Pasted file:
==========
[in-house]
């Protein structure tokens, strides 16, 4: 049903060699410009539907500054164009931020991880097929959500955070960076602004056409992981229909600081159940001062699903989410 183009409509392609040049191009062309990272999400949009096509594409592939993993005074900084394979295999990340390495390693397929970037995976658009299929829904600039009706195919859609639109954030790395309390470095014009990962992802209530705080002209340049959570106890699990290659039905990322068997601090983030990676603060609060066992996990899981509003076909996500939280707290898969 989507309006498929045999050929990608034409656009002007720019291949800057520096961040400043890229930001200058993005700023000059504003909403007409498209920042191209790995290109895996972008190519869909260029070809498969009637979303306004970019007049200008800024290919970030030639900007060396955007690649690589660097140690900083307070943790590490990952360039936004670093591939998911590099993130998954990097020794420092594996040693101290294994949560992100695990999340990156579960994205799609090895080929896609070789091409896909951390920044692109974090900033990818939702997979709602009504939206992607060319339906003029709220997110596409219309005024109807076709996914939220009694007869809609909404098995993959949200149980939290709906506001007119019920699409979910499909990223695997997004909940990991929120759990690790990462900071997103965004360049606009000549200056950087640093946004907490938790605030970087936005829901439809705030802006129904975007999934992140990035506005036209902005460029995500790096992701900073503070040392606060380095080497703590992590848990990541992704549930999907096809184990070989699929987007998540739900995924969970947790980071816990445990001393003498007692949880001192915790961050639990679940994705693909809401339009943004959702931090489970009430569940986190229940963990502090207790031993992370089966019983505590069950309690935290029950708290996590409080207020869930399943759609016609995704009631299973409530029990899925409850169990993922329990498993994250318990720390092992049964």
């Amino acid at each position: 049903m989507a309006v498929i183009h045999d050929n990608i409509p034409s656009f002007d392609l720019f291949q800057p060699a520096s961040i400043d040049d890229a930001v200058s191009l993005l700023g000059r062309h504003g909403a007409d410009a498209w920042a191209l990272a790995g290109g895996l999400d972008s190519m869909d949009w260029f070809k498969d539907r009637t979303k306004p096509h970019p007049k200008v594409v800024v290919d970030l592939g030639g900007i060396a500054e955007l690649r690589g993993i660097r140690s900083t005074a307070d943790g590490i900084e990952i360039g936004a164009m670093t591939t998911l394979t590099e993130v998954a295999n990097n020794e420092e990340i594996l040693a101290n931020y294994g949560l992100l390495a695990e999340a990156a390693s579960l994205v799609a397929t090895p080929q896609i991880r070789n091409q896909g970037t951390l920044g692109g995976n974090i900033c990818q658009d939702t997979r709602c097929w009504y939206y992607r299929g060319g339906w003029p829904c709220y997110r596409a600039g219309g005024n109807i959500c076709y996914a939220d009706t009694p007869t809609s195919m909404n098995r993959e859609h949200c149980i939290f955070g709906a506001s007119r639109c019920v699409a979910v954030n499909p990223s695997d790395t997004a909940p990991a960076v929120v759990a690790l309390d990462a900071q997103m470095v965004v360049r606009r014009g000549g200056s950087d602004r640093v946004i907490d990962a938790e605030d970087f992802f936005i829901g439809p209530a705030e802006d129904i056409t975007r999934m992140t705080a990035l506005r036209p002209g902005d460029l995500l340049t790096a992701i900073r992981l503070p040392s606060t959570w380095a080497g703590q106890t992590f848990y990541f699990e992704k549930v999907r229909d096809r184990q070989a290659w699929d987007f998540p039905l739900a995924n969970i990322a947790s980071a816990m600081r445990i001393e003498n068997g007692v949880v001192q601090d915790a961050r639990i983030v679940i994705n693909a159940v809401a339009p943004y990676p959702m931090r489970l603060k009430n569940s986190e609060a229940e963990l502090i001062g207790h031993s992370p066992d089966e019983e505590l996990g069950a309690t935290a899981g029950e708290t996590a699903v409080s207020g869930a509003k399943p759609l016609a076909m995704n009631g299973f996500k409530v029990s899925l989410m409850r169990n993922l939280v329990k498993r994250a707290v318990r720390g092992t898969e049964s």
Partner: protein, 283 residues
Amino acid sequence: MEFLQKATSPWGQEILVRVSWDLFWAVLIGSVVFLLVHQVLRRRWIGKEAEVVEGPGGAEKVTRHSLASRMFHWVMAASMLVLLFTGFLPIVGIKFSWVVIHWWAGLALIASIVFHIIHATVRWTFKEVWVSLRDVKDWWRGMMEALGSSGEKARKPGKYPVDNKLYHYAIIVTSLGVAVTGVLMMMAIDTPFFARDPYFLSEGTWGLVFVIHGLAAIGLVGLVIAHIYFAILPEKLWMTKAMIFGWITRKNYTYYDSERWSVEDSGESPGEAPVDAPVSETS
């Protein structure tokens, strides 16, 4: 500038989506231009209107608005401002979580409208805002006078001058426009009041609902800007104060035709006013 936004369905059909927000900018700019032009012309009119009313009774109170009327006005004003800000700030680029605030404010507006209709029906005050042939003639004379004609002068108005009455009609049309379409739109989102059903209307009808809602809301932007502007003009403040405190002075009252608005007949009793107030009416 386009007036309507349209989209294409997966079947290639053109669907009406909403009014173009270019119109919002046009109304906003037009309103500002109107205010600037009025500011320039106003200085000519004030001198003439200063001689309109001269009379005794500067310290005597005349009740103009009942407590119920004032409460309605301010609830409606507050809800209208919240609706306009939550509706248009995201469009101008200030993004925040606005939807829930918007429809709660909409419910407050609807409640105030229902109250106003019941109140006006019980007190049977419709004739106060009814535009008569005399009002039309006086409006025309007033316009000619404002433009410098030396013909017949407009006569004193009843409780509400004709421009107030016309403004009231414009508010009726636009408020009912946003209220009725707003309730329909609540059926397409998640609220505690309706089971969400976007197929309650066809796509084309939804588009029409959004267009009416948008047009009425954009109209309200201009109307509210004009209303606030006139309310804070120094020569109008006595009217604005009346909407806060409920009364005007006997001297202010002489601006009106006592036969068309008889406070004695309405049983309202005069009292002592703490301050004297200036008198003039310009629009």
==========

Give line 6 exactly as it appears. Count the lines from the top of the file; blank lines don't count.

């Protein structure tokens, strides 16, 4: 500038989506231009209107608005401002979580409208805002006078001058426009009041609902800007104060035709006013 936004369905059909927000900018700019032009012309009119009313009774109170009327006005004003800000700030680029605030404010507006209709029906005050042939003639004379004609002068108005009455009609049309379409739109989102059903209307009808809602809301932007502007003009403040405190002075009252608005007949009793107030009416 386009007036309507349209989209294409997966079947290639053109669907009406909403009014173009270019119109919002046009109304906003037009309103500002109107205010600037009025500011320039106003200085000519004030001198003439200063001689309109001269009379005794500067310290005597005349009740103009009942407590119920004032409460309605301010609830409606507050809800209208919240609706306009939550509706248009995201469009101008200030993004925040606005939807829930918007429809709660909409419910407050609807409640105030229902109250106003019941109140006006019980007190049977419709004739106060009814535009008569005399009002039309006086409006025309007033316009000619404002433009410098030396013909017949407009006569004193009843409780509400004709421009107030016309403004009231414009508010009726636009408020009912946003209220009725707003309730329909609540059926397409998640609220505690309706089971969400976007197929309650066809796509084309939804588009029409959004267009009416948008047009009425954009109209309200201009109307509210004009209303606030006139309310804070120094020569109008006595009217604005009346909407806060409920009364005007006997001297202010002489601006009106006592036969068309008889406070004695309405049983309202005069009292002592703490301050004297200036008198003039310009629009």